Okay, yes, I am writing a review for this movie because of the impending “live-action” remake next month. However, it also turns out that this movie is celebrating its 25th anniversary this month. This beloved animated musical was originally released in theaters on June 15th, 1994, to overwhelming success. In its initial run, it managed to gross over $766 million at the worldwide box office, making it the most successful film of that year. It was later re-released in 3D in 2011, which brought its total intake to around $968 million. In addition, it remains the best-selling film of all time on home video and the highest-grossing film made from traditional animation. Co-directed by Roger Allers and Rob Minkoff, the story was first conceived in 1988 while Jeffrey Katzenberg and Roy E. Disney were in Europe promoting Oliver and Company. With no less than 17 people credited for the story, original director and producer George Scribner and Thomas Schumacher left the project after constantly clashing visions with Disney. Their departure led to the story being greatly rewritten and reimagined as a musical. Although William Shakespeare’s Hamlet was a big inspiration for the story, it’s also worth noting that this was the first animated film under the Mouse House to be an entirely original property with no pre-existing source material. The classic story follows a young lion named Simba, voiced by Matthew Broderick, who’s destined to rule as King of the Pride Lands in Africa. After his father Mufasa is murdered by Simba’s paternal uncle Scar, he is manipulated and shamed into thinking that the death was his fault and runs away. Years later, Simba is all grownup, living with meerkat Timon and warthog Pumbaa, voiced by Nathan Lane and Ernie Sabella, and is completely divorced from any sort of responsibility. But when he gets word of the horrible conditions under Scar’s tyranny, he must rise up to the challenge and reclaim his rightful place as King. This is a film that has been ingratiated into the minds of so many childhoods over the last two-and-a-half decades. If you grew up in the late 1990’s or early 2000’s, there is virtually no way that this movie wasn’t involved in your life. It’s very hard for me to remember a time in my early childhood when it wasn’t around; it just seemed like the movie was always being played in the house. All of that nostalgia initially had me a little hesitant to review the movie now as a fully grown adult. I was worried that it would cloud my judgement on seeing the film purely for its own merits; or worse, that it wouldn’t hold up as well as I remember it. And yet, even without any childhood bias, I can still confidently say that The Lion King is still the peak of the so-called Disney Renaissance. For those who don’t know, the Disney Renaissance was a period of time in which Walt Disney Animation Studios churned out one high-quality movie after another. Other films released during this time included Aladdin, Tarzan, Mulan, and The Little Mermaid, all of which allowed the studio to further establish its worldwide brand. And even since its conclusion, fans such as myself have constantly debated over which one was the best of the all. For me, as you may or not have figured out, it’s no competition; this film contains everything those other films had and more. Memorable musical numbers, awesome characters, fantastic animation, a great sense of humor and heart. If there’s a certain criteria you have for a capital “G” Great animated feature, The Lion King probably has all of it. Matthew Broderick may be best known for Ferris Bueller in the titular movie, but there’s a lot to like about him as Simba. While probably not the most nuanced or complex protagonist in the studio’s arsenal, his struggle to step up and take on a tremendous task is something nearly all viewers can relate to. Also, James Earl Jones is fantastic as Mufasa, Simba’s wise and stern father. A completely different father figure from his turn as Darth Vader, his deep voice resonates with audiences of any age with many sage monologues filled with wisdom. Jeremy Irons also impresses as the voice of Scar, hands down one of the best animated villains ever, Disney or otherwise. His regal voice is one that is built for chewing the scenery and the way his character’s movements are animated makes it seem like he’s acting it out in the recording booth. And of course, we have Nathan Lane and Ernie Sabella as Timon and Pumbaa, Simba’s laidback mentors. The comedic timing and slight immaturity in their voices sounds completely naturalistic in their hands, and their timeless number, “Hakuna Matata,” is one for the ages. Moira Kelly, Robert Guillaume, Madge Sinclair, Whoopi Goldberg, and Rowan Atkinson all provide their voices for various supporting roles. It’s quite hard to point out a real weak link in the cast here, as they all contribute something memorable. It’ll be interesting how the new version changes these characters, if at all. And as with most other films of its period, The Lion King still stands as a technical marvel in the genre. Like some of its peers, there are a handful of shots that seem to blend traditional animation with then-burgeoning CGI. And despite being released in 1994, this mixture is not obvious; quite the opposite. It makes for some truly cinematic shots in iconic scenes, such as the heart-stopping stampede scene relatively early on in the film. And even when it’s just purely traditional animation, it’s absolutely gorgeous. The use of colors like orange, yellow, and red is ingenious in creating the atmosphere for the Pride Lands. It helps to deepen the character of the setting and define the characters’ personalities. Every time I watch it, the visuals always pop out, right from the opening shot of the sunrise on the horizon. Hans Zimmer won an Oscar for a reason because his original score here is a true classic of cinema. The soundtrack is just as epic and exciting as the story, utilizing a wide range of instruments and vocals for different tracks. Whether it’s an exciting bit where characters are being chased by the hyenas or a moment where Simba realizes his destiny, Zimmer knows what to do. It goes from being filled with rapid percussion and strings to haunting vocals in an instant and somehow still feels organic. In addition, musician Elton John and lyricist Tim Rice composed several original songs together, many of which have earned a spot in the annals of Disney history. Whether it’s the attention-grabbing, nostalgia-inducing opening number “The Circle of Life” or the Oscar-winning ballad “Can You Feel the Love Tonight?,” those two really know how to play it right. But who are we kidding? The best one is obviously the villain song, “Be Prepared,” in which Scar lavishly talks about his planned coup for the throne. There’s honestly WAY more that I could say about this film. About how it essentially defined a whole generation, how nearly every family had it playing in the house at some point growing up, and son on and so forth. But I have a feeling that everyone reading this already knows that and so, I’m gonna leave it off here. The Lion King remains the undisputed chief of traditional animation and the king of Disney proper. Even with a lean runtime of 88 minutes, there’s so much packed into this film that’s literally impossible to not fall in love with every viewing. I have limited expectations for Jon Favreau’s reimagining next month, but we’ll always have the original. If you ask me, this film was, is, and probably always will be the absolute pinnacle of animated cinema.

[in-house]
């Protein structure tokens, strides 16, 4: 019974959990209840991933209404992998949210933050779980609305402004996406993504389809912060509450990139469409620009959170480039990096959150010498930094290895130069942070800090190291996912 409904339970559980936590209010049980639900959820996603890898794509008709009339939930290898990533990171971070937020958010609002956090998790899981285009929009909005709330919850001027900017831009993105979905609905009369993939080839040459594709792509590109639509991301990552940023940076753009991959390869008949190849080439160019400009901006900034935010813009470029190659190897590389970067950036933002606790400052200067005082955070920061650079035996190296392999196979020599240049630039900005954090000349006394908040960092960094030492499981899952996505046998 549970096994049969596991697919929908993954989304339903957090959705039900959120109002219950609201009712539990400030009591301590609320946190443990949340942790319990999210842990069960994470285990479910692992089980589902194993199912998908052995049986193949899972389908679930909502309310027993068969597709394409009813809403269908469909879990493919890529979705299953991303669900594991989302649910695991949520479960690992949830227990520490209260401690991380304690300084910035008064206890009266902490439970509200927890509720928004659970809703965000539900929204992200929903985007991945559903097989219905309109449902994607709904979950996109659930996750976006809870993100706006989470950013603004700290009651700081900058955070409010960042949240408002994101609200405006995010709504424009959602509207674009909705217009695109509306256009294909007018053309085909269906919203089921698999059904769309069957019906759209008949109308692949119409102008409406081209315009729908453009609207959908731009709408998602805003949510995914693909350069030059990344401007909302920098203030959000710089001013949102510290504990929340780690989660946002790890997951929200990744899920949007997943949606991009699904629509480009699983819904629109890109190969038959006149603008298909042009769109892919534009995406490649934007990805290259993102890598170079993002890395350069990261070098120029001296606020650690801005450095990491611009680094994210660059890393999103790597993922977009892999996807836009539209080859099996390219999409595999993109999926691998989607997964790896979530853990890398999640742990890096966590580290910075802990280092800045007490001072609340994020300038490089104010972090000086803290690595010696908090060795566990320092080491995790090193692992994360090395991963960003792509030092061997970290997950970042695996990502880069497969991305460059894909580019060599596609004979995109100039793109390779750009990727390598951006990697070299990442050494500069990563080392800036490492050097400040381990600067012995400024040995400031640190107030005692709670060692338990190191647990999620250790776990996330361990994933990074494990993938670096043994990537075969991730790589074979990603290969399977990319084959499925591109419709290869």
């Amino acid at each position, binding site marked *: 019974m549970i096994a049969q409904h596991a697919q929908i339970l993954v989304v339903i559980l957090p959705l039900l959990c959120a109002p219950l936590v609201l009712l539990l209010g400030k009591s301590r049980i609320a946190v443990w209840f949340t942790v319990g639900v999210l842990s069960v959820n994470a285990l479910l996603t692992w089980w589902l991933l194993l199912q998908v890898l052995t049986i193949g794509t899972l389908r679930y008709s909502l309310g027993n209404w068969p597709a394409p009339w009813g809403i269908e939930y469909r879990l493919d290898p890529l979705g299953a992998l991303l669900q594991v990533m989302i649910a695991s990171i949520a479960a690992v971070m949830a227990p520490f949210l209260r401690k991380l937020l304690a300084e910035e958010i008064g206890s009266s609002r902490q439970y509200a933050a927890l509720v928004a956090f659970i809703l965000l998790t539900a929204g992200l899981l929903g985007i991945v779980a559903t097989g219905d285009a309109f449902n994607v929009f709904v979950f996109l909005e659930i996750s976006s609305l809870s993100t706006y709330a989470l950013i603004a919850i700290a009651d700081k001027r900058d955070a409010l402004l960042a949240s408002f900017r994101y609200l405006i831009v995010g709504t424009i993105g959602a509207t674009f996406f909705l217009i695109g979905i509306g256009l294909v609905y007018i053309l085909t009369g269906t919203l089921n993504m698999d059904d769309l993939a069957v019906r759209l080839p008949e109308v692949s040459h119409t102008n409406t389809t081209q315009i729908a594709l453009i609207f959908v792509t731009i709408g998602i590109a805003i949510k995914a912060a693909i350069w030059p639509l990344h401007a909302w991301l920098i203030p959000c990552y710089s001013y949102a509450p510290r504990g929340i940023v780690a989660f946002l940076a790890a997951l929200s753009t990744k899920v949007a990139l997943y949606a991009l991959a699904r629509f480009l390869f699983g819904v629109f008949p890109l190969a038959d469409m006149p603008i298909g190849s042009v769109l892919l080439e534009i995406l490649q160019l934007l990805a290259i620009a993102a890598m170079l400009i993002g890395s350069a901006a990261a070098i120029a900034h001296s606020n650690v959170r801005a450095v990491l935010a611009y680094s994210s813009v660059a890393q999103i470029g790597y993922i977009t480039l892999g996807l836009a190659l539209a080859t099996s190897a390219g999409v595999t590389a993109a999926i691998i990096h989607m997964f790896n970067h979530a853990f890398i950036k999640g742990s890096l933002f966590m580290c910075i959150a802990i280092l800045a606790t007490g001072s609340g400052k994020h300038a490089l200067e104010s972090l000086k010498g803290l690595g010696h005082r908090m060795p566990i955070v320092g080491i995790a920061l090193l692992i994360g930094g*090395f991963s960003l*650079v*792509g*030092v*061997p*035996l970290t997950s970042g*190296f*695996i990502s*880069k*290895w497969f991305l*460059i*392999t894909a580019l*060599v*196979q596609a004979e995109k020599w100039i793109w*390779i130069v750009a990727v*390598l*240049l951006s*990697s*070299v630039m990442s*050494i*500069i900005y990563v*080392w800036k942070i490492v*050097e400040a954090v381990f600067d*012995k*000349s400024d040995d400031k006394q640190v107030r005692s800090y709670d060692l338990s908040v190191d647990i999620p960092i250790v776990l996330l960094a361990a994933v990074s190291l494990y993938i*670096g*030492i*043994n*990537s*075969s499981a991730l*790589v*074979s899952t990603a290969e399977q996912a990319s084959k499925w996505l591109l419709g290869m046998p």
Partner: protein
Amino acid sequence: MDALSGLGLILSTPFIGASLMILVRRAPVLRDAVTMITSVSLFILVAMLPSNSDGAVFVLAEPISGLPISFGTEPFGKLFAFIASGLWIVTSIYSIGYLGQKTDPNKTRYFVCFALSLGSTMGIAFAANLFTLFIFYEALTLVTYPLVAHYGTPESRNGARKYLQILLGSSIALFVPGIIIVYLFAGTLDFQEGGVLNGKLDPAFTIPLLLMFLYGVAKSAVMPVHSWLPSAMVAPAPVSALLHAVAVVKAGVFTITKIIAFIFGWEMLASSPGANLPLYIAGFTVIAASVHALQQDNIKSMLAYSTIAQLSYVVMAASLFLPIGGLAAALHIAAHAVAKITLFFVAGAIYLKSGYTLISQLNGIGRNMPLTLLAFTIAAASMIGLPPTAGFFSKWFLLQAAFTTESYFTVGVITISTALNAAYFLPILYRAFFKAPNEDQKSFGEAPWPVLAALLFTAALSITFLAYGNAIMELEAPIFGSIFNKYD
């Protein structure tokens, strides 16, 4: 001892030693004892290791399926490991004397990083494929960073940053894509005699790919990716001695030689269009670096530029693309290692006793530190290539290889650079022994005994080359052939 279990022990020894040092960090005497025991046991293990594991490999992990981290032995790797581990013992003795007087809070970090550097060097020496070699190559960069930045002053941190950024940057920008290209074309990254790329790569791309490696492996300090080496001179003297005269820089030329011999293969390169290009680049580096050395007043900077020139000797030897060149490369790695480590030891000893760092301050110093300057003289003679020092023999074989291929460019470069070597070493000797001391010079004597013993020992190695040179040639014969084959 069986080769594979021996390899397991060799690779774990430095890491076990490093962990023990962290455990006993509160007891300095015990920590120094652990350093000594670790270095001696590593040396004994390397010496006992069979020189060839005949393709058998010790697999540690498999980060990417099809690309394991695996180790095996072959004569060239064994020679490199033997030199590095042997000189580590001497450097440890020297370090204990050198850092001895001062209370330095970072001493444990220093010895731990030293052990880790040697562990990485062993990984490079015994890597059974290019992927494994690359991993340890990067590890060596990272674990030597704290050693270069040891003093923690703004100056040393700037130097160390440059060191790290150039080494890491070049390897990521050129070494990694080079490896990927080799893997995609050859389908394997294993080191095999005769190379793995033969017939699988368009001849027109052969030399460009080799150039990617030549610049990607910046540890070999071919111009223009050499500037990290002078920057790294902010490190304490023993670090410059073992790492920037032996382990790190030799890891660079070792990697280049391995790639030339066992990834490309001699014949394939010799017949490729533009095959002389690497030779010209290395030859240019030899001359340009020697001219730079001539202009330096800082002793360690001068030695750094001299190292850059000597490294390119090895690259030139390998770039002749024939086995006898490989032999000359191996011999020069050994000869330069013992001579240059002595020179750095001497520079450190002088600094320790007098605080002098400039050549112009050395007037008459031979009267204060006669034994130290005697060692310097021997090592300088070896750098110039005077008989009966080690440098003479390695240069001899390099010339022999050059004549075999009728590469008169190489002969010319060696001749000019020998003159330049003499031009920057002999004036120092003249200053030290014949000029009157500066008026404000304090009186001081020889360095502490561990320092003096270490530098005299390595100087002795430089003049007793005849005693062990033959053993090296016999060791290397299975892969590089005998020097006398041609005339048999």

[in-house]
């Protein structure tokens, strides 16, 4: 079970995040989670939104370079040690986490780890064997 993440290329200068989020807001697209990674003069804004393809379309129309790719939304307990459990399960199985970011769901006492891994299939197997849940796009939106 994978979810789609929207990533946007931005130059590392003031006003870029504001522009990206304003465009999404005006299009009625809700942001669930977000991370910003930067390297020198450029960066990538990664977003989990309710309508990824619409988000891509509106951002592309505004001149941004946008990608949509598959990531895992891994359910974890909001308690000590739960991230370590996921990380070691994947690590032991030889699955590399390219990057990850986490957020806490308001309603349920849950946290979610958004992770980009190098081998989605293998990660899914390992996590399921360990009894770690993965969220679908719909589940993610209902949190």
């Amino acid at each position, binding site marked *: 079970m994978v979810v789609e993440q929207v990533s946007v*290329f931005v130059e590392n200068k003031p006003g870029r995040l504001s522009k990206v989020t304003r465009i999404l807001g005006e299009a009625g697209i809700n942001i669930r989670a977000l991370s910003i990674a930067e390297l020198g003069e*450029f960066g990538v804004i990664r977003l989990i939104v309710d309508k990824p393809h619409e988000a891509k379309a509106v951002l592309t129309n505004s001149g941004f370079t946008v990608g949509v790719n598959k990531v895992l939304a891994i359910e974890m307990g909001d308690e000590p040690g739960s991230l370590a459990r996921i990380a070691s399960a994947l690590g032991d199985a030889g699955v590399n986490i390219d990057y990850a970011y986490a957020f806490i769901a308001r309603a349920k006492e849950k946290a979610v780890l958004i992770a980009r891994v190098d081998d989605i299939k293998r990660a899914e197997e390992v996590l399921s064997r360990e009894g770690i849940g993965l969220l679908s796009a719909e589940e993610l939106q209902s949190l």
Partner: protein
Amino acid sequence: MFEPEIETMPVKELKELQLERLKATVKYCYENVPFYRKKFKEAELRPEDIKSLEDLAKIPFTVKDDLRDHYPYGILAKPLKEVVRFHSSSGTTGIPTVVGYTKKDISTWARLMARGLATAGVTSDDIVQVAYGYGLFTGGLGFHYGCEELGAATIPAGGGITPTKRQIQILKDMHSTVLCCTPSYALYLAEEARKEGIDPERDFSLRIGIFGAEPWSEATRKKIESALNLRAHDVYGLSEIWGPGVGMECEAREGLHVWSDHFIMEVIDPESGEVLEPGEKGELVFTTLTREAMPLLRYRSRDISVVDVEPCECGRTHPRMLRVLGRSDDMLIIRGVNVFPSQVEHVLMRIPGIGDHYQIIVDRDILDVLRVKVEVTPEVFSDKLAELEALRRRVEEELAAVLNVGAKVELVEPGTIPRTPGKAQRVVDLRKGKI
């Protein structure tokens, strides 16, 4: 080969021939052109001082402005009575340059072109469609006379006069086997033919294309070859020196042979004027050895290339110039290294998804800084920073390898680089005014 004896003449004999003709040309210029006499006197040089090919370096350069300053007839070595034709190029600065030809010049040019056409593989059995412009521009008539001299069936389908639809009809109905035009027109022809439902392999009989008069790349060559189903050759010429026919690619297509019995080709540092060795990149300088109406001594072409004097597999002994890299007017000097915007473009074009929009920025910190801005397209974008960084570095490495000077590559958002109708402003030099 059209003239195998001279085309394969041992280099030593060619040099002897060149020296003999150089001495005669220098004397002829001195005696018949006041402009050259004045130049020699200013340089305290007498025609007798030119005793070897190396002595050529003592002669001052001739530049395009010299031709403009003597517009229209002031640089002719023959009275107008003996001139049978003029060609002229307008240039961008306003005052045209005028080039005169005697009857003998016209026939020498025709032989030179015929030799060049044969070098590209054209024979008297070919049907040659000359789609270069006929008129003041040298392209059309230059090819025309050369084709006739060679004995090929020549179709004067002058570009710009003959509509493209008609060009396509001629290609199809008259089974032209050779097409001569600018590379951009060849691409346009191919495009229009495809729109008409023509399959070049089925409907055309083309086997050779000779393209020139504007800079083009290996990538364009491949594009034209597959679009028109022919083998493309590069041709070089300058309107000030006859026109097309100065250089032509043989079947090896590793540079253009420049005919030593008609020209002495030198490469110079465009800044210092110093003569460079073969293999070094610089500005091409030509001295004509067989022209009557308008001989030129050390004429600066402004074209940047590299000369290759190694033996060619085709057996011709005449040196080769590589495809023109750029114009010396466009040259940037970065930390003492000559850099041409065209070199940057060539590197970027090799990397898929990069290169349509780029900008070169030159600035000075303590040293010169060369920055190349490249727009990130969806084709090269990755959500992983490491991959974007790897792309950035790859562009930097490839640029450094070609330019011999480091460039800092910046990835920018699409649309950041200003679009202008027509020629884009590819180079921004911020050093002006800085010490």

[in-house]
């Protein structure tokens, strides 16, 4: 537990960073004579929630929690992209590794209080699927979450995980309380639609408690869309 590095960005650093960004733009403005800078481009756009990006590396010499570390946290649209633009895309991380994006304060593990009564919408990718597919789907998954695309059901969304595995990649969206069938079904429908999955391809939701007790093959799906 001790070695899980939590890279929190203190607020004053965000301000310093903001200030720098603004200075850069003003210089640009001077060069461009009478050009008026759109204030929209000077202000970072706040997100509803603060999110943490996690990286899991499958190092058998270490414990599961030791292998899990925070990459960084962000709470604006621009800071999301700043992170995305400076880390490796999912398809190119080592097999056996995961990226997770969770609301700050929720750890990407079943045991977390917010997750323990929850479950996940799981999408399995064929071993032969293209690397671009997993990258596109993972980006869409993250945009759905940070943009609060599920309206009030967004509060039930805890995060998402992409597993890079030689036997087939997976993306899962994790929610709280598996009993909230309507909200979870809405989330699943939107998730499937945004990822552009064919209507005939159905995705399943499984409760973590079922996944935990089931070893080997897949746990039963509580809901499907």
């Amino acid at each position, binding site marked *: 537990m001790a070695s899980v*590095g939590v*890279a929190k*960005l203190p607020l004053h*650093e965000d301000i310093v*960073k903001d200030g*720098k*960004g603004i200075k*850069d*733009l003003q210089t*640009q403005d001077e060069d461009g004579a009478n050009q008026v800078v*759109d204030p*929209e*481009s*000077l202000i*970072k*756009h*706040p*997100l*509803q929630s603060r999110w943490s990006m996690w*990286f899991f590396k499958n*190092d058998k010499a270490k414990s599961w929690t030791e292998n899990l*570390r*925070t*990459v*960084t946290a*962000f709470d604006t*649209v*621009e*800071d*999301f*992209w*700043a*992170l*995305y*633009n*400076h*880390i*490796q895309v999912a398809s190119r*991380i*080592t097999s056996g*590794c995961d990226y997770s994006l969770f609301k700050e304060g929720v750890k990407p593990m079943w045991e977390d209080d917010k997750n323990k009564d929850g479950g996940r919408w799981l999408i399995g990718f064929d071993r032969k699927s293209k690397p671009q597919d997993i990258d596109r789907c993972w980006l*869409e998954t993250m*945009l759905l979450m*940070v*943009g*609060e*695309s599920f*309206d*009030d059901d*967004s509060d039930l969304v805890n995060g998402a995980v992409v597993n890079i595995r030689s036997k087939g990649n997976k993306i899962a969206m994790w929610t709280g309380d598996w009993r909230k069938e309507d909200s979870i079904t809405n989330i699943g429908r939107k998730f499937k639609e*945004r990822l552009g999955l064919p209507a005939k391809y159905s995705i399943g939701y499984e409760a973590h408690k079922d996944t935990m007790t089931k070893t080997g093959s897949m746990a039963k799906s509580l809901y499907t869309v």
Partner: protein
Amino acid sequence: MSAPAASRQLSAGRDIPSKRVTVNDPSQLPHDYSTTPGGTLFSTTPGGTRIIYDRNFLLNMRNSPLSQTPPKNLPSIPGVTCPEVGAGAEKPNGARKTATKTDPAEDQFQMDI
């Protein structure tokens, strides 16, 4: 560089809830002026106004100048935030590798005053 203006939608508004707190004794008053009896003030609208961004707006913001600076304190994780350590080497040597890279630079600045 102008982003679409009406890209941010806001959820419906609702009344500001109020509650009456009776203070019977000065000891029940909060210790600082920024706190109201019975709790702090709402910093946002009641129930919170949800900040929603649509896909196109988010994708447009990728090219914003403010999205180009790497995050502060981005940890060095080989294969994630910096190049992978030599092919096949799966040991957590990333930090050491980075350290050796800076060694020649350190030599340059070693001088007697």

Image result for the lion king poster 1994